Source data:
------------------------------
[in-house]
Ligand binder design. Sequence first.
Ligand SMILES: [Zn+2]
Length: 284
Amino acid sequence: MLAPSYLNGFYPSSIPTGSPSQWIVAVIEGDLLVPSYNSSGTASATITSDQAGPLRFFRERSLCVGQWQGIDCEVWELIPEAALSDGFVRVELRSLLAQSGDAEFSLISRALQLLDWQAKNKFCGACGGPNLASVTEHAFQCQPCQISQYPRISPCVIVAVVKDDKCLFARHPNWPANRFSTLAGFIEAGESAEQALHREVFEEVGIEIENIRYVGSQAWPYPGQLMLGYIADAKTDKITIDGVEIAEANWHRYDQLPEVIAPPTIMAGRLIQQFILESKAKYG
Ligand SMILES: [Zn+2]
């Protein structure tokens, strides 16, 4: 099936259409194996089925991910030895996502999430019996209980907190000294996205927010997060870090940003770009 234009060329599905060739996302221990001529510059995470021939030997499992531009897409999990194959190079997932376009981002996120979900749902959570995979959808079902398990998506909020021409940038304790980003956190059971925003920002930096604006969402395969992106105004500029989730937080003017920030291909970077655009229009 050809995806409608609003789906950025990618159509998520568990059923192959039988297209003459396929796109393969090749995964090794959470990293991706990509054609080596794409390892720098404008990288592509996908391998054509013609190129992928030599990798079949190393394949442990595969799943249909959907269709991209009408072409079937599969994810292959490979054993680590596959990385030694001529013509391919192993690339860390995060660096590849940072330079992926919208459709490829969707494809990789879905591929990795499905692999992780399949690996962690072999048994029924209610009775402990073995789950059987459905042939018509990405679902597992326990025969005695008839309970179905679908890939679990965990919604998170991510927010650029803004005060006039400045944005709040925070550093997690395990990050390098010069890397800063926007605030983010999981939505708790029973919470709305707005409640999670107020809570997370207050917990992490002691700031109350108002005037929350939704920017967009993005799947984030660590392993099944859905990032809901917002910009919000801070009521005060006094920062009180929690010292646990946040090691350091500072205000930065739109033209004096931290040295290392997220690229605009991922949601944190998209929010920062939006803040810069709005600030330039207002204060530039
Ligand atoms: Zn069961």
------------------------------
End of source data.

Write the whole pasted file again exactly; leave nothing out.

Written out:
[in-house]
Ligand binder design. Sequence first.
Ligand SMILES: [Zn+2]
Length: 284
Amino acid sequence: MLAPSYLNGFYPSSIPTGSPSQWIVAVIEGDLLVPSYNSSGTASATITSDQAGPLRFFRERSLCVGQWQGIDCEVWELIPEAALSDGFVRVELRSLLAQSGDAEFSLISRALQLLDWQAKNKFCGACGGPNLASVTEHAFQCQPCQISQYPRISPCVIVAVVKDDKCLFARHPNWPANRFSTLAGFIEAGESAEQALHREVFEEVGIEIENIRYVGSQAWPYPGQLMLGYIADAKTDKITIDGVEIAEANWHRYDQLPEVIAPPTIMAGRLIQQFILESKAKYG
Ligand SMILES: [Zn+2]
């Protein structure tokens, strides 16, 4: 099936259409194996089925991910030895996502999430019996209980907190000294996205927010997060870090940003770009 234009060329599905060739996302221990001529510059995470021939030997499992531009897409999990194959190079997932376009981002996120979900749902959570995979959808079902398990998506909020021409940038304790980003956190059971925003920002930096604006969402395969992106105004500029989730937080003017920030291909970077655009229009 050809995806409608609003789906950025990618159509998520568990059923192959039988297209003459396929796109393969090749995964090794959470990293991706990509054609080596794409390892720098404008990288592509996908391998054509013609190129992928030599990798079949190393394949442990595969799943249909959907269709991209009408072409079937599969994810292959490979054993680590596959990385030694001529013509391919192993690339860390995060660096590849940072330079992926919208459709490829969707494809990789879905591929990795499905692999992780399949690996962690072999048994029924209610009775402990073995789950059987459905042939018509990405679902597992326990025969005695008839309970179905679908890939679990965990919604998170991510927010650029803004005060006039400045944005709040925070550093997690395990990050390098010069890397800063926007605030983010999981939505708790029973919470709305707005409640999670107020809570997370207050917990992490002691700031109350108002005037929350939704920017967009993005799947984030660590392993099944859905990032809901917002910009919000801070009521005060006094920062009180929690010292646990946040090691350091500072205000930065739109033209004096931290040295290392997220690229605009991922949601944190998209929010920062939006803040810069709005600030330039207002204060530039
Ligand atoms: Zn069961």